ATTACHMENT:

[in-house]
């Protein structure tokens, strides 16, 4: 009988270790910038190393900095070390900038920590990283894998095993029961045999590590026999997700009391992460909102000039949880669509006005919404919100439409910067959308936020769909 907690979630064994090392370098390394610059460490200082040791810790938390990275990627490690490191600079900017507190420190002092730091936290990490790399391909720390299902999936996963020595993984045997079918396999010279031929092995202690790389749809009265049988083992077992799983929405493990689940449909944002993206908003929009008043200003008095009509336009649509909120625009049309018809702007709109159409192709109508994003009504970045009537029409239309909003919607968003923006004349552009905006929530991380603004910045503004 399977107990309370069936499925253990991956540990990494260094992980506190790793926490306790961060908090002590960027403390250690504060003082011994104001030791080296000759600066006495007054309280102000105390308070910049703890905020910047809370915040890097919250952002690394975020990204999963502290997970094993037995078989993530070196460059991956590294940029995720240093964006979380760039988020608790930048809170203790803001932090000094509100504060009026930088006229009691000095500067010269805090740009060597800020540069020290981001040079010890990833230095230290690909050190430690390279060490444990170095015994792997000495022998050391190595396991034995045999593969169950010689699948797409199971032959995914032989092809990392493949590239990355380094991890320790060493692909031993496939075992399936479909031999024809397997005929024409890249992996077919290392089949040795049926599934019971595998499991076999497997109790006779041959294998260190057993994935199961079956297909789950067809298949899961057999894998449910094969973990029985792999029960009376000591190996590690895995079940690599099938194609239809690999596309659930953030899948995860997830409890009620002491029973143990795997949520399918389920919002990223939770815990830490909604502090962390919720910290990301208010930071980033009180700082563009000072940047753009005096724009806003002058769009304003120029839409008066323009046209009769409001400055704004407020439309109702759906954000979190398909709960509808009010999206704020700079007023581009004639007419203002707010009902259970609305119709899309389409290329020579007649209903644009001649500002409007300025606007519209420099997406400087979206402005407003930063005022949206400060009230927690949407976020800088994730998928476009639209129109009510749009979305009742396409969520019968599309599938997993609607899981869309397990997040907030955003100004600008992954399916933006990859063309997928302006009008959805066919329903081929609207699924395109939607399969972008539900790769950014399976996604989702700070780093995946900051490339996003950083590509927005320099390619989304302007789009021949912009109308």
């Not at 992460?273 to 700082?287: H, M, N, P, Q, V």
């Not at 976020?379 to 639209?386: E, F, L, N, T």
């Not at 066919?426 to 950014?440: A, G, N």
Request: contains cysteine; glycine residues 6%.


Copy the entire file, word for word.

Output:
[in-house]
């Protein structure tokens, strides 16, 4: 009988270790910038190393900095070390900038920590990283894998095993029961045999590590026999997700009391992460909102000039949880669509006005919404919100439409910067959308936020769909 907690979630064994090392370098390394610059460490200082040791810790938390990275990627490690490191600079900017507190420190002092730091936290990490790399391909720390299902999936996963020595993984045997079918396999010279031929092995202690790389749809009265049988083992077992799983929405493990689940449909944002993206908003929009008043200003008095009509336009649509909120625009049309018809702007709109159409192709109508994003009504970045009537029409239309909003919607968003923006004349552009905006929530991380603004910045503004 399977107990309370069936499925253990991956540990990494260094992980506190790793926490306790961060908090002590960027403390250690504060003082011994104001030791080296000759600066006495007054309280102000105390308070910049703890905020910047809370915040890097919250952002690394975020990204999963502290997970094993037995078989993530070196460059991956590294940029995720240093964006979380760039988020608790930048809170203790803001932090000094509100504060009026930088006229009691000095500067010269805090740009060597800020540069020290981001040079010890990833230095230290690909050190430690390279060490444990170095015994792997000495022998050391190595396991034995045999593969169950010689699948797409199971032959995914032989092809990392493949590239990355380094991890320790060493692909031993496939075992399936479909031999024809397997005929024409890249992996077919290392089949040795049926599934019971595998499991076999497997109790006779041959294998260190057993994935199961079956297909789950067809298949899961057999894998449910094969973990029985792999029960009376000591190996590690895995079940690599099938194609239809690999596309659930953030899948995860997830409890009620002491029973143990795997949520399918389920919002990223939770815990830490909604502090962390919720910290990301208010930071980033009180700082563009000072940047753009005096724009806003002058769009304003120029839409008066323009046209009769409001400055704004407020439309109702759906954000979190398909709960509808009010999206704020700079007023581009004639007419203002707010009902259970609305119709899309389409290329020579007649209903644009001649500002409007300025606007519209420099997406400087979206402005407003930063005022949206400060009230927690949407976020800088994730998928476009639209129109009510749009979305009742396409969520019968599309599938997993609607899981869309397990997040907030955003100004600008992954399916933006990859063309997928302006009008959805066919329903081929609207699924395109939607399969972008539900790769950014399976996604989702700070780093995946900051490339996003950083590509927005320099390619989304302007789009021949912009109308």
């Not at 992460?273 to 700082?287: H, M, N, P, Q, V």
């Not at 976020?379 to 639209?386: E, F, L, N, T």
């Not at 066919?426 to 950014?440: A, G, N």
Request: contains cysteine; glycine residues 6%.